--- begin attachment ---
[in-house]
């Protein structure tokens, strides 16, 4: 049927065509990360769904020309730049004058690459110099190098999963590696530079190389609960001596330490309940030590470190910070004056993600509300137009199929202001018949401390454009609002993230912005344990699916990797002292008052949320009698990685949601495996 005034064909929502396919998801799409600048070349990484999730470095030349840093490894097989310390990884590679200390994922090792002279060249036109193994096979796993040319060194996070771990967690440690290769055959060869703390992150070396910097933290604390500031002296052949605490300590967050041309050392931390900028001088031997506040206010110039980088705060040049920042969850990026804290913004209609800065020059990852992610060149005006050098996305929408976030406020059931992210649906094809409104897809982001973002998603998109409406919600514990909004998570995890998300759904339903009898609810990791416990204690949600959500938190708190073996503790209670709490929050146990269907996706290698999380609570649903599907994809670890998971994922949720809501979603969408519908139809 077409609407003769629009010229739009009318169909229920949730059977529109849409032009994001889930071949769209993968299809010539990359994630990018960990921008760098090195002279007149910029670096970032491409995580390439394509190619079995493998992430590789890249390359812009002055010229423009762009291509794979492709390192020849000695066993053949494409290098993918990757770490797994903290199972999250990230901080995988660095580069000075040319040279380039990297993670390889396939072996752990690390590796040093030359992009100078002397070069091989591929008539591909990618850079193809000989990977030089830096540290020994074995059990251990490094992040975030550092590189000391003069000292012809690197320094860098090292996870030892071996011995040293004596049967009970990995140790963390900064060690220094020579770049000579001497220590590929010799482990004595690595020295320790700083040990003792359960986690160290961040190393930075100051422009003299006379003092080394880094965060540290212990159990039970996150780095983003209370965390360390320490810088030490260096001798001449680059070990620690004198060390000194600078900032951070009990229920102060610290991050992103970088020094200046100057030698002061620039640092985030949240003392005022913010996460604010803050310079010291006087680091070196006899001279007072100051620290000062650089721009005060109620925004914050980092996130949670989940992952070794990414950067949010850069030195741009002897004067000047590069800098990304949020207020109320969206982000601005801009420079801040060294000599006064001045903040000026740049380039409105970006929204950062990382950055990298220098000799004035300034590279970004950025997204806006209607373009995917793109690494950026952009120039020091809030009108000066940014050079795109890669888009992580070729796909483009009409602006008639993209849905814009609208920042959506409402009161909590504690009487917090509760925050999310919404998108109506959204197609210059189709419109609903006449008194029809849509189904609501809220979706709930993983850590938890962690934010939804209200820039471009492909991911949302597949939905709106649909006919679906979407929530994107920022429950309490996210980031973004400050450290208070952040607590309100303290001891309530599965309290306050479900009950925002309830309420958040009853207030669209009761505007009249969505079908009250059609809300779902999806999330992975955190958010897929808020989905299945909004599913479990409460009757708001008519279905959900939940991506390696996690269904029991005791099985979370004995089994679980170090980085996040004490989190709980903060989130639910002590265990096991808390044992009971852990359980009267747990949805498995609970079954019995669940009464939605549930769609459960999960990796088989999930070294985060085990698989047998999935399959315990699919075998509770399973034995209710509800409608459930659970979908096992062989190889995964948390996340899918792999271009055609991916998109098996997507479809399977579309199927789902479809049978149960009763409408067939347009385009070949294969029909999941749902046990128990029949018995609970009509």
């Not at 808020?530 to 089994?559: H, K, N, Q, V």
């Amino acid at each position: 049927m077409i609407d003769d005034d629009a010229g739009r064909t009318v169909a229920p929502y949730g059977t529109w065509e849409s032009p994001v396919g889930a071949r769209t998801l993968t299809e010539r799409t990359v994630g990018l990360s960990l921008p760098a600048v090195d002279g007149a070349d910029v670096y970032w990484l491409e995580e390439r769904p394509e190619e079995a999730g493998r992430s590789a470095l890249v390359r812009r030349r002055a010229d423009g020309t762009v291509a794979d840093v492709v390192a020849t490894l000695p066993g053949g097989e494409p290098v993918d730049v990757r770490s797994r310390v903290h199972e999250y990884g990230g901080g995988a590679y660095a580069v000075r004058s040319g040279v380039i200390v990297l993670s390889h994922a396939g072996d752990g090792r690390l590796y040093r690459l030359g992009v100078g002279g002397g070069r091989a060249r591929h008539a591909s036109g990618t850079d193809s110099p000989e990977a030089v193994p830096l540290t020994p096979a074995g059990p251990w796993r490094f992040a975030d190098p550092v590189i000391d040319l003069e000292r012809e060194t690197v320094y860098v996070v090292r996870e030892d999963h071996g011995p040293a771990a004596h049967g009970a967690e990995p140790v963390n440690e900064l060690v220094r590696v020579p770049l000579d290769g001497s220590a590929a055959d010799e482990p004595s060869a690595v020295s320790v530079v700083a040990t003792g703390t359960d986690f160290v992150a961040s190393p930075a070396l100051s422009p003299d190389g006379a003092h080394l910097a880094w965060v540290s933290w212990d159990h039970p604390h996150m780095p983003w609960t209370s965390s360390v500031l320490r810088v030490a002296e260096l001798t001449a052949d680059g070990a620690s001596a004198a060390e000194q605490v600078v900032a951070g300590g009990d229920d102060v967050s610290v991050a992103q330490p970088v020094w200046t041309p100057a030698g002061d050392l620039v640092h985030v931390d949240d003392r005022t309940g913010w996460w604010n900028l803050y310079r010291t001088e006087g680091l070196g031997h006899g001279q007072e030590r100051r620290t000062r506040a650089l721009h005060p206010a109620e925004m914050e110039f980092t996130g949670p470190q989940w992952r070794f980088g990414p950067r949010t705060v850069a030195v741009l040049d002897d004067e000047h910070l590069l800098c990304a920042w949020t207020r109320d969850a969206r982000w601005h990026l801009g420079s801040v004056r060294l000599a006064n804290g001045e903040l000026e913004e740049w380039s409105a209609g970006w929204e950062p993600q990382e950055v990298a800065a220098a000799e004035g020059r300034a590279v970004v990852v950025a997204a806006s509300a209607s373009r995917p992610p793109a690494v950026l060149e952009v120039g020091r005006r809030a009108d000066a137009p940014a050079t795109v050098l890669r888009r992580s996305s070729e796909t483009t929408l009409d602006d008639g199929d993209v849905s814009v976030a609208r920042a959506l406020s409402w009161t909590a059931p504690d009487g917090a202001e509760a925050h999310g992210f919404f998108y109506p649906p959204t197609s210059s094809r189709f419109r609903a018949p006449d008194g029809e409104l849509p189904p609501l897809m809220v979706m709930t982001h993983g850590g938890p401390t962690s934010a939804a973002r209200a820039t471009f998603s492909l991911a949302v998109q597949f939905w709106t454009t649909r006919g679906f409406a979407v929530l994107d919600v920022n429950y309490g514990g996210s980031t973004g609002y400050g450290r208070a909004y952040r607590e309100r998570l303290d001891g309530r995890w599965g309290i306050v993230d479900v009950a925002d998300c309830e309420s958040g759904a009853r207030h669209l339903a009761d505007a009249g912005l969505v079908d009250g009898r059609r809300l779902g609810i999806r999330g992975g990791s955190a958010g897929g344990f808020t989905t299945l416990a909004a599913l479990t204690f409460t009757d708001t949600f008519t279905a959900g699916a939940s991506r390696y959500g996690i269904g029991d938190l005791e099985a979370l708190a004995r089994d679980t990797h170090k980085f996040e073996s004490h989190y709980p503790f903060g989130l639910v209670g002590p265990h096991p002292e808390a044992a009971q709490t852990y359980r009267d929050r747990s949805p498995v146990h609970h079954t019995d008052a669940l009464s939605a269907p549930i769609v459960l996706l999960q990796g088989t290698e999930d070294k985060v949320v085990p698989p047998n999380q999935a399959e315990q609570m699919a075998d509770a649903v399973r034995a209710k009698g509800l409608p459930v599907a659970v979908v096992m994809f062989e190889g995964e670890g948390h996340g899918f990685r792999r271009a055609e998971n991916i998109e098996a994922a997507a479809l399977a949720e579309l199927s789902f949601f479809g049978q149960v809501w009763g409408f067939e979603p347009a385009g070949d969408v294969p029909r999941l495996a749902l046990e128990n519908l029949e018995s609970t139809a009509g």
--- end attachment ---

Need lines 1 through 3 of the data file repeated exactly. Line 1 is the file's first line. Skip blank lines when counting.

[in-house]
């Protein structure tokens, strides 16, 4: 049927065509990360769904020309730049004058690459110099190098999963590696530079190389609960001596330490309940030590470190910070004056993600509300137009199929202001018949401390454009609002993230912005344990699916990797002292008052949320009698990685949601495996 005034064909929502396919998801799409600048070349990484999730470095030349840093490894097989310390990884590679200390994922090792002279060249036109193994096979796993040319060194996070771990967690440690290769055959060869703390992150070396910097933290604390500031002296052949605490300590967050041309050392931390900028001088031997506040206010110039980088705060040049920042969850990026804290913004209609800065020059990852992610060149005006050098996305929408976030406020059931992210649906094809409104897809982001973002998603998109409406919600514990909004998570995890998300759904339903009898609810990791416990204690949600959500938190708190073996503790209670709490929050146990269907996706290698999380609570649903599907994809670890998971994922949720809501979603969408519908139809 077409609407003769629009010229739009009318169909229920949730059977529109849409032009994001889930071949769209993968299809010539990359994630990018960990921008760098090195002279007149910029670096970032491409995580390439394509190619079995493998992430590789890249390359812009002055010229423009762009291509794979492709390192020849000695066993053949494409290098993918990757770490797994903290199972999250990230901080995988660095580069000075040319040279380039990297993670390889396939072996752990690390590796040093030359992009100078002397070069091989591929008539591909990618850079193809000989990977030089830096540290020994074995059990251990490094992040975030550092590189000391003069000292012809690197320094860098090292996870030892071996011995040293004596049967009970990995140790963390900064060690220094020579770049000579001497220590590929010799482990004595690595020295320790700083040990003792359960986690160290961040190393930075100051422009003299006379003092080394880094965060540290212990159990039970996150780095983003209370965390360390320490810088030490260096001798001449680059070990620690004198060390000194600078900032951070009990229920102060610290991050992103970088020094200046100057030698002061620039640092985030949240003392005022913010996460604010803050310079010291006087680091070196006899001279007072100051620290000062650089721009005060109620925004914050980092996130949670989940992952070794990414950067949010850069030195741009002897004067000047590069800098990304949020207020109320969206982000601005801009420079801040060294000599006064001045903040000026740049380039409105970006929204950062990382950055990298220098000799004035300034590279970004950025997204806006209607373009995917793109690494950026952009120039020091809030009108000066940014050079795109890669888009992580070729796909483009009409602006008639993209849905814009609208920042959506409402009161909590504690009487917090509760925050999310919404998108109506959204197609210059189709419109609903006449008194029809849509189904609501809220979706709930993983850590938890962690934010939804209200820039471009492909991911949302597949939905709106649909006919679906979407929530994107920022429950309490996210980031973004400050450290208070952040607590309100303290001891309530599965309290306050479900009950925002309830309420958040009853207030669209009761505007009249969505079908009250059609809300779902999806999330992975955190958010897929808020989905299945909004599913479990409460009757708001008519279905959900939940991506390696996690269904029991005791099985979370004995089994679980170090980085996040004490989190709980903060989130639910002590265990096991808390044992009971852990359980009267747990949805498995609970079954019995669940009464939605549930769609459960999960990796088989999930070294985060085990698989047998999935399959315990699919075998509770399973034995209710509800409608459930659970979908096992062989190889995964948390996340899918792999271009055609991916998109098996997507479809399977579309199927789902479809049978149960009763409408067939347009385009070949294969029909999941749902046990128990029949018995609970009509």
């Not at 808020?530 to 089994?559: H, K, N, Q, V």